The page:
An eight-digit “multiplicand” comprising dots and letters is multiplied by 2 resulting in the product EIGHTEEN, as shown in the multiplication below, where different letters stand for different digits, the same letter stands for the same digit, and a dot can be any digit.

What is the eight-letter product EIGHTEEN?

[enigma1496]

## Enigma 1506: China games

From New Scientist #2668, 9th August 2008

In the three arithmetic additions below, the number 2008 is given and the undisclosed digits have been replaced by letters and smiley faces. Different letters stand for different digits (the same letter consistently stands for the same digit), each face can be any digit, and leading digits cannot be zero.

Find the value of GAMES.

[enigma1506]

## Enigma 1515: Relative sizes

From New Scientist #2677, 11th October 2008

In the following statements, whole numbers are expressed in words written in capital letters, where different letters stand for different digits, the same letter consistently stands for the same digit, and leading digits cannot be zero.

If the total of four BEES and a SNAIL is greater than the total of eight FLEAS and an ANT; and if the total of 18 ANTS and a GNAT is greater than the total of 18 FLIES and a FLEA, find the value of BEETLES.

[enigma1515]

## Enigma 1558: Mirror image

From New Scientist #2721, 15th August 2009 [link]

The digits in the two addition sums are all non-zero and have been replaced by letters and smiley faces. Different letters stand for different digits, the same letter stands for the same digit, and each emoticon can be any digit.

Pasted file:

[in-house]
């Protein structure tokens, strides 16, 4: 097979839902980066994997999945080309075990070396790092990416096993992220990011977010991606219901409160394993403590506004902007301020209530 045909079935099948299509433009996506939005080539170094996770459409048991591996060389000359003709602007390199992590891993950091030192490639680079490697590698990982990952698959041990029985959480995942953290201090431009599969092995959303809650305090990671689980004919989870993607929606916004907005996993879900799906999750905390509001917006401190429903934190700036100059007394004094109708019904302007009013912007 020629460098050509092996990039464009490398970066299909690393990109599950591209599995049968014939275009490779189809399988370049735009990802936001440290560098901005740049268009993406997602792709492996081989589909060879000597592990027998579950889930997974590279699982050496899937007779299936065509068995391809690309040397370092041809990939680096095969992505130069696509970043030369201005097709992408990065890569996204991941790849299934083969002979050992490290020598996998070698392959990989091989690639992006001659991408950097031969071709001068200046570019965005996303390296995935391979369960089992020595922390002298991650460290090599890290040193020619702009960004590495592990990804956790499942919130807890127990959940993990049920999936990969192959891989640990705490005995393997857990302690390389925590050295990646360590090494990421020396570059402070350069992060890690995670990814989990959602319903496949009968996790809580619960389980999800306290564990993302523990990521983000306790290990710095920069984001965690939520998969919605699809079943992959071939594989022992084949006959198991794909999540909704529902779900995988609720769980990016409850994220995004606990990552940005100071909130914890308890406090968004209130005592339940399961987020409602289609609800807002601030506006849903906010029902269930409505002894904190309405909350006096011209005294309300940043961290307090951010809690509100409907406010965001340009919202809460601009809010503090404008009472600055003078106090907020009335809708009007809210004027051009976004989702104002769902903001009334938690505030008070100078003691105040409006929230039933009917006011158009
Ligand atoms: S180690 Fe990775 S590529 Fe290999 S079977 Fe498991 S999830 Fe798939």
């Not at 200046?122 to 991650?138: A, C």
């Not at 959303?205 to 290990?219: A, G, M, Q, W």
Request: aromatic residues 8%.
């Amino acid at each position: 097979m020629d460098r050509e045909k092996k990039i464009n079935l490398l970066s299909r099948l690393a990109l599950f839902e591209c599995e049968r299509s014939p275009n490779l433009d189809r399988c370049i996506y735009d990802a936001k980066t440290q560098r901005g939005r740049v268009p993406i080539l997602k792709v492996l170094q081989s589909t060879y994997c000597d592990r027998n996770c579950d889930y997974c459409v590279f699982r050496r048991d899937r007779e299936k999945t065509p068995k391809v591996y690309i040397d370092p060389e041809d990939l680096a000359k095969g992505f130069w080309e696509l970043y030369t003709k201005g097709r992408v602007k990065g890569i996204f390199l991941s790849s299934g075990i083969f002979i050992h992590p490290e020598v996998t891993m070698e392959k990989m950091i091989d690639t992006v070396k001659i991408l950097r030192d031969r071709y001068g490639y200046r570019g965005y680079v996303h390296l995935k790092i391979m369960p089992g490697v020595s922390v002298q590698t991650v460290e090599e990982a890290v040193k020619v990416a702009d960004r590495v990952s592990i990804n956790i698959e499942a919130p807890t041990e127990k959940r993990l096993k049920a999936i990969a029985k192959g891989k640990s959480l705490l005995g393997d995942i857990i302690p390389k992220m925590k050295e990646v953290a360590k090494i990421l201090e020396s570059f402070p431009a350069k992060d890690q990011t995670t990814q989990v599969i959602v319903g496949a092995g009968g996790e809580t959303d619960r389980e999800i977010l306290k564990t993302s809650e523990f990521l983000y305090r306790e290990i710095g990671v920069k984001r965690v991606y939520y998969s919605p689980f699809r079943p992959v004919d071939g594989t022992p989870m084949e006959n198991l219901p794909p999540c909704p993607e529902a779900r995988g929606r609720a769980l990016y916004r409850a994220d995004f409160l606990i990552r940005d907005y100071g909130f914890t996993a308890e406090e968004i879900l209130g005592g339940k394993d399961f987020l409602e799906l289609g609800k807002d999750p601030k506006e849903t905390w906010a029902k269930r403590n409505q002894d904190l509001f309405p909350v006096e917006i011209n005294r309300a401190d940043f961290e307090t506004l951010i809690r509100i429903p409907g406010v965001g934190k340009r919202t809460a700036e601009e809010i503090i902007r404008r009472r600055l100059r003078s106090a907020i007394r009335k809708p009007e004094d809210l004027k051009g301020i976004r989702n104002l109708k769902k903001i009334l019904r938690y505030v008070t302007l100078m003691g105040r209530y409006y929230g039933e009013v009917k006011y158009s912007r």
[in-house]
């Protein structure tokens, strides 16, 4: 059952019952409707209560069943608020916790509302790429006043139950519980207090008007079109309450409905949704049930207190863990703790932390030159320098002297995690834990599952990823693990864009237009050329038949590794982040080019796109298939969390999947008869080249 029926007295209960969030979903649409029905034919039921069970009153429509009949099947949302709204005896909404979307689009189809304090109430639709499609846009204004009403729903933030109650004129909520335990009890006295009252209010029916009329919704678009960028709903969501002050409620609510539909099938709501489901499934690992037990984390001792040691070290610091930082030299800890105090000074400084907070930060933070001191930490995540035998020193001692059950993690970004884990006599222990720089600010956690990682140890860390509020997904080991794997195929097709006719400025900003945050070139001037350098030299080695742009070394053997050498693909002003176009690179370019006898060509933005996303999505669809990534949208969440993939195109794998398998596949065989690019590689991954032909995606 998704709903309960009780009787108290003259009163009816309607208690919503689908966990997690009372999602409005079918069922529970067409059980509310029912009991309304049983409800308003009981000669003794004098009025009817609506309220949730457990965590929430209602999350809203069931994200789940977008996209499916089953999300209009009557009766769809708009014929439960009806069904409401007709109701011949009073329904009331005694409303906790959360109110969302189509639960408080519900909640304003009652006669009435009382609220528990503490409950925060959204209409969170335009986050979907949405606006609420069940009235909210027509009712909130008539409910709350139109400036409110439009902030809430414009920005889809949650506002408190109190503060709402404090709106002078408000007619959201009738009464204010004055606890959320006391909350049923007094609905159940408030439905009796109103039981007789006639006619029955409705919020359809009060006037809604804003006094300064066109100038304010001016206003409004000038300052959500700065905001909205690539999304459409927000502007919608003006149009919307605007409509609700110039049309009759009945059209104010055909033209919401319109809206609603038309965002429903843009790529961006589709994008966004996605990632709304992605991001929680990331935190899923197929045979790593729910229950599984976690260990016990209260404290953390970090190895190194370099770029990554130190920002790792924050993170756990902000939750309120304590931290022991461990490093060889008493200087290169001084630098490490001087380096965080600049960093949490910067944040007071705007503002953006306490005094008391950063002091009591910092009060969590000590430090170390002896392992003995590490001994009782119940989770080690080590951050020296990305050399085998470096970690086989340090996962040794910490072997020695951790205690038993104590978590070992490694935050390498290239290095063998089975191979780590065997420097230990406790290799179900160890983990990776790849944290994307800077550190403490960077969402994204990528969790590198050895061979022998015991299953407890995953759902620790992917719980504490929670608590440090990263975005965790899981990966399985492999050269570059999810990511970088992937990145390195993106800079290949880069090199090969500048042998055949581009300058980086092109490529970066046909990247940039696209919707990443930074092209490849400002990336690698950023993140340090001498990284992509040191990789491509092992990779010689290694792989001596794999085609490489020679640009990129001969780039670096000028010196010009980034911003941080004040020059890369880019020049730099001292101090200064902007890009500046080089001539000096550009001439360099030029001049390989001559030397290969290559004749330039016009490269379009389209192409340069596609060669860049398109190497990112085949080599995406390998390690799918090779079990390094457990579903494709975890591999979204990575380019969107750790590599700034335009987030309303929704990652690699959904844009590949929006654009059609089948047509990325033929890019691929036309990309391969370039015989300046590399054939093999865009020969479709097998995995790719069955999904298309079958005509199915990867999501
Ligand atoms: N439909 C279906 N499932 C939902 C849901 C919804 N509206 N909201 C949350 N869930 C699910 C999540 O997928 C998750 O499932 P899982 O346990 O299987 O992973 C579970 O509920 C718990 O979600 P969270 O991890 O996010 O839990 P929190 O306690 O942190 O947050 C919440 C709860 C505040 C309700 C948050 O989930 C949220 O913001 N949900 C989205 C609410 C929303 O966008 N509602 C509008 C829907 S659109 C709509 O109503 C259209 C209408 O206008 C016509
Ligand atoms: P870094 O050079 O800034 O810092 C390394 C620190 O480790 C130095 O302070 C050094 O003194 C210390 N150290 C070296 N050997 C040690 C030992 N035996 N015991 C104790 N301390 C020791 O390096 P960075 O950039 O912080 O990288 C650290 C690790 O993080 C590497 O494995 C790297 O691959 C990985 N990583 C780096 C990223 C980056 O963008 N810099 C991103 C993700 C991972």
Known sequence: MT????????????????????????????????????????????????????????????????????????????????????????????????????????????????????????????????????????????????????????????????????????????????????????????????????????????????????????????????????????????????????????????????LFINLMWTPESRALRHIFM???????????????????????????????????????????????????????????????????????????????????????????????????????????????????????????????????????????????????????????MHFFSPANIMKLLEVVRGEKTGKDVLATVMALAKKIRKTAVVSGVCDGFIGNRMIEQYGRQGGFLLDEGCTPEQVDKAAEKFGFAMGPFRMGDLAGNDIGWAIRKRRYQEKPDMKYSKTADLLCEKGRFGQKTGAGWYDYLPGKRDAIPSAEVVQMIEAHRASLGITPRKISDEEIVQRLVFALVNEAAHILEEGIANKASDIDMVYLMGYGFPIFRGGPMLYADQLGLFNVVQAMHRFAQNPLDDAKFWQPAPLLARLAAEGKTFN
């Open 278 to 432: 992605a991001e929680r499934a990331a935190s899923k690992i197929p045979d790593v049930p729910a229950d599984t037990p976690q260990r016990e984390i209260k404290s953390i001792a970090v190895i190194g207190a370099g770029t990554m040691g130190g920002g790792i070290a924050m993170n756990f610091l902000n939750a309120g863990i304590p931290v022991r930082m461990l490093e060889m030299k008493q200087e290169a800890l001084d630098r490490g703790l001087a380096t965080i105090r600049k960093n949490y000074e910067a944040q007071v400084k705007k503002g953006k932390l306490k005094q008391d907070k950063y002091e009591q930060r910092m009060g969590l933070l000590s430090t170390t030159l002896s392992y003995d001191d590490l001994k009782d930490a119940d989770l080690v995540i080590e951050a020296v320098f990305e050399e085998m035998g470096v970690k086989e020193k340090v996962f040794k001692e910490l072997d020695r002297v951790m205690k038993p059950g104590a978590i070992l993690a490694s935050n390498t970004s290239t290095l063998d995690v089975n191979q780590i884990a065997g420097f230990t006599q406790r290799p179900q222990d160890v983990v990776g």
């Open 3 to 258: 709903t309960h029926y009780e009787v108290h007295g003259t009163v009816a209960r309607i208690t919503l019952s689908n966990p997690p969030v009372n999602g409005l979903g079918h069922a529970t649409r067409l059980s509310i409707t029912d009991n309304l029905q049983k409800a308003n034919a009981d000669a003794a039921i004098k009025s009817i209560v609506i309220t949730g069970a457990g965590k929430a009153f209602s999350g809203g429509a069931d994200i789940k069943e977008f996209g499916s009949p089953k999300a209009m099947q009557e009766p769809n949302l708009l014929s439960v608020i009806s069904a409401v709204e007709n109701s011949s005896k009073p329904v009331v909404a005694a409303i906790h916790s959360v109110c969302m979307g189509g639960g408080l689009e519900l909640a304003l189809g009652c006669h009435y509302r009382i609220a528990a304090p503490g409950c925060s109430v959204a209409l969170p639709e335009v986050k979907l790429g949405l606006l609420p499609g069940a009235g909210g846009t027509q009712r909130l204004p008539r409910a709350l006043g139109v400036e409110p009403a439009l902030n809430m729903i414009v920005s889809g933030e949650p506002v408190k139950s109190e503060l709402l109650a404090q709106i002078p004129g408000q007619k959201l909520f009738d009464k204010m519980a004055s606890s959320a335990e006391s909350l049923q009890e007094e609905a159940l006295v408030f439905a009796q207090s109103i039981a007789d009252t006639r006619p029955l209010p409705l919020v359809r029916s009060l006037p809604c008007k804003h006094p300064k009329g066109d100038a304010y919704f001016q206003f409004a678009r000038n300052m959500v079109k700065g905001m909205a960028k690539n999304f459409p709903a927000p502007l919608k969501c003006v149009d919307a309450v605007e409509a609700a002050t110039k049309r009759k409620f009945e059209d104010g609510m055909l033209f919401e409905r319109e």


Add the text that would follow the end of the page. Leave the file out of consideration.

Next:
If the six-digit summation of either addition is a mirror image (i.e. reverse) of the other, find the value of MIRAGE.

[enigma1558]

## Enigma 1564: My favourite number

From New Scientist #2727, 26th September 2009 [link]

My favourite number consists of several digits and is not included on my list of five whole numbers (comprising non-zero digits) written below in capital letters, where different letters stand for different digits and the same letter stands for the same digit.

I can tell you that although my favourite number is smaller than the BEST number, which is twice as GOOD, and larger than the ODD prime number, there is a BETTER number that is bigger than the OTHER number, which is exactly 25 times my favourite number.

What is my favourite number?

[enigma1564]

## Enigma 1568: Odd puzzle

From New Scientist #2731, 24th October 2009 [link]

In this multiplication sum the digits have been replaced by letters and dots. Different letters stand for different digits, the same letter stands for the same digit, each dot can be any digit, and leading digits cannot be zero.

What is the six-figure odd PUZZLE?

[enigma1568]